Overall, Lessler and his colleagues were able to show that those reporting symptoms were approximately three times more likely to infect another household member compared to those who did not report having symptoms.

Risks Associated with Reopening Schools

Lessler shared research demonstrating that young children are less susceptible to contracting COVID-19 than adolescents and adults. However, he reminded viewers that understanding the risks for reopening schools involves more than just transmission within the classroom.

“When schools are open, it’s not just the kids getting infected in the schools that we worry about,” he said. “It’s the fact that schools connect communities.”

It is necessary to consider the effects on transmission for the entire network that is reopened, such as bus transportation, extracurricular activities, changes to parents’ schedules, and more.

He confirmed that, in general, schools have not been associated with huge outbreaks overall and have had multiple intervention measures in place, such as student and teacher masking, reduced class size, restricted entry, daily symptom screenings, desk shields, extra space, and more.

 “These are a suite of interventions,” he noted. “You’re rarely seeing one of these interventions alone.”

Lessler posed a question to the viewers: “We can say that school closure is associated with reduced transmission, but is that causation or association?” he asked.

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To answer this, he and his colleagues used data collected from the Carnegie Mellon Facebook COVID-19 Survey—a voluntary survey that asks about health topics, COVID-19 symptoms, and schooling experience of any children in the household. Each week, it draws approximately 500,000 survey responses from U.S. adults aged 18 and older.

To date, more than 650,000 respondents have reported a school aged child. Data from this survey found that individuals with school-aged children attending in-person schools were experiencing more COVID-19 outcomes than individuals without children.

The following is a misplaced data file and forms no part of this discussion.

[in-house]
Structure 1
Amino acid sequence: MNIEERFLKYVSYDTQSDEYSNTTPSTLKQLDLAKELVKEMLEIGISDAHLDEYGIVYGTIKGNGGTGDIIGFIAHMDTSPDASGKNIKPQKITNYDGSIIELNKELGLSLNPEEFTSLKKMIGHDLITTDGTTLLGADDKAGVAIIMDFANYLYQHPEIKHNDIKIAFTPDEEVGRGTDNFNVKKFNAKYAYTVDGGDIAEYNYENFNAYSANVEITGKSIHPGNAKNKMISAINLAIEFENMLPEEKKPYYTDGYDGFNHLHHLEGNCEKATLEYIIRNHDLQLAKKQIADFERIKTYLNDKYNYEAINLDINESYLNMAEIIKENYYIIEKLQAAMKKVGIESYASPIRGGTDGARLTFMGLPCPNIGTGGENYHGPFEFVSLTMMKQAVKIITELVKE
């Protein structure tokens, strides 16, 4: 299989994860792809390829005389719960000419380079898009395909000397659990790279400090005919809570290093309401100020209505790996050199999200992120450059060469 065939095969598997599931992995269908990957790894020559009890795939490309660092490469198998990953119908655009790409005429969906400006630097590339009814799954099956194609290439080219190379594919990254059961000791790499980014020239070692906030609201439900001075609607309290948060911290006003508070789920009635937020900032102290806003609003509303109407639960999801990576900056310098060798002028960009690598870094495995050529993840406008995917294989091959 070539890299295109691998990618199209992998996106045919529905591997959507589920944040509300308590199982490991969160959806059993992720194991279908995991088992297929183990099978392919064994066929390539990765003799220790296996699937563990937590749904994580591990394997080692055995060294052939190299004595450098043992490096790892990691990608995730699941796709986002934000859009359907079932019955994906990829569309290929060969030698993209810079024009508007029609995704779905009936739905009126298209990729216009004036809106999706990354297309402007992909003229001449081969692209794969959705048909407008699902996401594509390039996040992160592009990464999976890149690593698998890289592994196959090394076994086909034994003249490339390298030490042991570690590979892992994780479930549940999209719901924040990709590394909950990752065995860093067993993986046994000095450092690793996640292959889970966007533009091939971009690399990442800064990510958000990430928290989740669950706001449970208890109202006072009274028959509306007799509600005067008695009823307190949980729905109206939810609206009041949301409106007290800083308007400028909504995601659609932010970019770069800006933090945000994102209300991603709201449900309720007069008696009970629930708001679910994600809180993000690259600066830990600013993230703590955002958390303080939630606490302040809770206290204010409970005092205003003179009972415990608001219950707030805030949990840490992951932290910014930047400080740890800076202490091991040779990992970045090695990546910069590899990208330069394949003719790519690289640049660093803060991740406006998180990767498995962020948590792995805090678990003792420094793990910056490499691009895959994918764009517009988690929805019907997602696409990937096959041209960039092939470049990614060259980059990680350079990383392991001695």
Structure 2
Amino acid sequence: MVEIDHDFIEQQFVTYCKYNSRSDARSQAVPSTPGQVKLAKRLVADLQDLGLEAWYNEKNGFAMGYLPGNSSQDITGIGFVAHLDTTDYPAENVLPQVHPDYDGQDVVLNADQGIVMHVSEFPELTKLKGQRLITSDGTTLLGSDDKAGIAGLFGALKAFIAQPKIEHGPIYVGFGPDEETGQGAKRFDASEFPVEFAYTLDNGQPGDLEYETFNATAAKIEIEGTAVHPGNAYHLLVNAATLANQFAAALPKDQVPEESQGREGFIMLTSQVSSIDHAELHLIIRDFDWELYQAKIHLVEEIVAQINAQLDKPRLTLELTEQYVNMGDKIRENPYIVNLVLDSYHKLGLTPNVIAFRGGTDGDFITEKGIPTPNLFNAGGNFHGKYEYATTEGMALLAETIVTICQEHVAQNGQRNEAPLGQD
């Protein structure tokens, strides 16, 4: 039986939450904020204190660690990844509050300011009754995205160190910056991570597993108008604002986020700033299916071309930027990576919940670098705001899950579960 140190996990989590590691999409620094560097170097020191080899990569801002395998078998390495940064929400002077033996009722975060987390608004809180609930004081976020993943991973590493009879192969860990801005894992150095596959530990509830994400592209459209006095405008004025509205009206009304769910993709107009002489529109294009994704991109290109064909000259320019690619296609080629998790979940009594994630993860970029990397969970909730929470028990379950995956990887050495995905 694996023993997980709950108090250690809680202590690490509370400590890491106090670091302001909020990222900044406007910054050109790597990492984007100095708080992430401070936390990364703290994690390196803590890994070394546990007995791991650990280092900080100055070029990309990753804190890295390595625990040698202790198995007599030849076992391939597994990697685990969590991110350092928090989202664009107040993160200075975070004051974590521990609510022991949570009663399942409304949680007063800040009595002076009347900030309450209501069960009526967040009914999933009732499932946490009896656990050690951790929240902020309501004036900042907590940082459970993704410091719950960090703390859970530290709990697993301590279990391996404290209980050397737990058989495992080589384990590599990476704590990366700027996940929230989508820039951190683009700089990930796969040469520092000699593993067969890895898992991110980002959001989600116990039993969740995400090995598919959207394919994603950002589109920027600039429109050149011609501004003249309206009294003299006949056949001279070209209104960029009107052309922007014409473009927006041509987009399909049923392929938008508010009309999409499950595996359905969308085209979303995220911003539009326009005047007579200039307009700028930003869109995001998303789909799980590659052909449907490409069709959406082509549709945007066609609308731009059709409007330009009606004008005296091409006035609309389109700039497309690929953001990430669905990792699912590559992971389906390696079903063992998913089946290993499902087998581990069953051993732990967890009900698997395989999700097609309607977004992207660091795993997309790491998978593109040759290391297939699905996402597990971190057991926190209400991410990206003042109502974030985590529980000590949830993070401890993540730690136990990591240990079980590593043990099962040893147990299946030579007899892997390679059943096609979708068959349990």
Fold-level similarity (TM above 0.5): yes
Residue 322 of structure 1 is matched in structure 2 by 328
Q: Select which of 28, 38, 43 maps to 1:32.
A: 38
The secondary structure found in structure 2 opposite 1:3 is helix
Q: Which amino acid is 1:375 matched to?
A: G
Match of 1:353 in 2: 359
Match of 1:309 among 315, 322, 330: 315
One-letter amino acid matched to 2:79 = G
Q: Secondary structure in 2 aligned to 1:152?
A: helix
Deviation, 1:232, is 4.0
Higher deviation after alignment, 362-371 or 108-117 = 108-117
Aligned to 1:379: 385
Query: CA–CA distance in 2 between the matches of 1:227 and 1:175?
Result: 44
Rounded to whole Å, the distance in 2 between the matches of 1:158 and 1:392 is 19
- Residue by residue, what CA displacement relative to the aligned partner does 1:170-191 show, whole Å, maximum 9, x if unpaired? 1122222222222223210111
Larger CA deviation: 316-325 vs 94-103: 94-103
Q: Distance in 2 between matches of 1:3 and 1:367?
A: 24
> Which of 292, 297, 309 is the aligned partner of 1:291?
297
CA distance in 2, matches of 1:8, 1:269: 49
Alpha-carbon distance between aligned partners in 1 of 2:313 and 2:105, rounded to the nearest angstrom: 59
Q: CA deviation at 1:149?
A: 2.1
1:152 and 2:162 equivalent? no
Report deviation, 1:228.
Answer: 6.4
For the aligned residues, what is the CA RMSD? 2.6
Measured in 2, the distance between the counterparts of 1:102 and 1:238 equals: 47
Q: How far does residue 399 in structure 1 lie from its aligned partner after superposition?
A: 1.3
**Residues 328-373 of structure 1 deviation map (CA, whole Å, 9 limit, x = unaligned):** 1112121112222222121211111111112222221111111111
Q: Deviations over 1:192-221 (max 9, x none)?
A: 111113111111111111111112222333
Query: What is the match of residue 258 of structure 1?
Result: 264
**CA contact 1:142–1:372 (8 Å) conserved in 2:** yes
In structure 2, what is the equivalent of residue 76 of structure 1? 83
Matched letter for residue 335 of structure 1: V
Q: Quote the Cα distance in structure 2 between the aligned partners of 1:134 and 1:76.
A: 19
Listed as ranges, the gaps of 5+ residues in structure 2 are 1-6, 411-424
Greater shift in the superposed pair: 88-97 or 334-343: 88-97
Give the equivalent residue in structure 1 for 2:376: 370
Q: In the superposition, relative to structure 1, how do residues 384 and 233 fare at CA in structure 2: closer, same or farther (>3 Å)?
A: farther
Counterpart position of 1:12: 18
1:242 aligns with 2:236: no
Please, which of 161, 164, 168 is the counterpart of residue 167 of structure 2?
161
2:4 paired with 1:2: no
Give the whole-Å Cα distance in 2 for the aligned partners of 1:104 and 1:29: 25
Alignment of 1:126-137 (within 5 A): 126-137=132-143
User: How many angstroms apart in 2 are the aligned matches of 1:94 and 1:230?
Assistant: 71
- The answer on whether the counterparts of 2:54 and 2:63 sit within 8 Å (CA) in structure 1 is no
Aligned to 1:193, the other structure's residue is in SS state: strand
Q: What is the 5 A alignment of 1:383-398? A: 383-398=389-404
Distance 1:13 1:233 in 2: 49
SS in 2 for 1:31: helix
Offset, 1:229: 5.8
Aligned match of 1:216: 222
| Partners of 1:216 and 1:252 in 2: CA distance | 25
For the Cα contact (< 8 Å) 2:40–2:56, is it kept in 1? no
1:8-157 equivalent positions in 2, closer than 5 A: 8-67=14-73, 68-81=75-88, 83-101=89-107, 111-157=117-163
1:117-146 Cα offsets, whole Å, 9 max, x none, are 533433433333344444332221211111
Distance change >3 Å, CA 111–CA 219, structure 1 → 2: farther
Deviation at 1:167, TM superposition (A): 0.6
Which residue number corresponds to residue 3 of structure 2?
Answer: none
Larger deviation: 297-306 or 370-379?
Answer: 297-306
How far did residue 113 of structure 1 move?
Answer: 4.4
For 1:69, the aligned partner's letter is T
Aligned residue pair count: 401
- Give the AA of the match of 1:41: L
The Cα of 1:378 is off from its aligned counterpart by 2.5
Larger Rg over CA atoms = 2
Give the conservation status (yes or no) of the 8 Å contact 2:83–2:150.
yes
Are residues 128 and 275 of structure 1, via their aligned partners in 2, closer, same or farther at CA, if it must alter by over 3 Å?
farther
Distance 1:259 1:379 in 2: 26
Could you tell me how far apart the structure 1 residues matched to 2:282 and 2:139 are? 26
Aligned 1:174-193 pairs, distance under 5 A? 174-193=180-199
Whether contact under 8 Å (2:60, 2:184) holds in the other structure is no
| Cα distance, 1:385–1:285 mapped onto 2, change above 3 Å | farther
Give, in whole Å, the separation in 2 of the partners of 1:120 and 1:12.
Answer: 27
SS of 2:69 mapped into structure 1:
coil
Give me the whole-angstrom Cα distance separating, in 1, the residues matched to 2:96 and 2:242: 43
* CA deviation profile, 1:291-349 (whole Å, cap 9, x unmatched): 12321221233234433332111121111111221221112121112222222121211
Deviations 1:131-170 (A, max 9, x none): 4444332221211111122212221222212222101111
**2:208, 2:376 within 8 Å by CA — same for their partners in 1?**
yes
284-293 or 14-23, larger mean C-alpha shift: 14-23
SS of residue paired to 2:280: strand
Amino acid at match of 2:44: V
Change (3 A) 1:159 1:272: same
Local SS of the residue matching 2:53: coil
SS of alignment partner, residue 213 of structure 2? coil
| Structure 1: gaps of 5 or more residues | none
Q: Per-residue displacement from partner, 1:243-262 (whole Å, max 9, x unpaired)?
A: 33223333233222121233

“It’s a helpful suggestion that in-person schools do pose a risk,” he said. “But, mitigation to households with school-aged children attending in-person schools can be reduced. That doesn’t mean I think that opening schools can’t have other effects because of how they connect up through communities.”

His view of the evidence he shared is that opening schools with inadequate intervention measures has a high factor for risk.

“You have to have measures in place to safely open schools,” he said. “Once you have a sensible number of intervention measures in place, you can rapidly bring things under control and make schools safe.”

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Watch a recording of the entire seminar.

WHAT’S NEXT?

Next up in the Current Topics in COVID-19 Research Seminar Series: Denise J. Jamieson, MD, MPH, James Robert McCord Professor and Chair of Emory University’s Department of Gynecology & Obstetrics.

Jamieson will present “Pregnancy in the time of COVID-19” and provide updates on what is known about COVID-19 in pregnancy, including clinical course and severity, birth outcomes, and risks of perinatal and breastfeeding transmission. Her presentation will also highlight the latest developments on COVID-19 vaccinations for pregnant and lactating women.

Join this free virtual seminar at 2 pm (ET) March 10, 2021, via Zoom.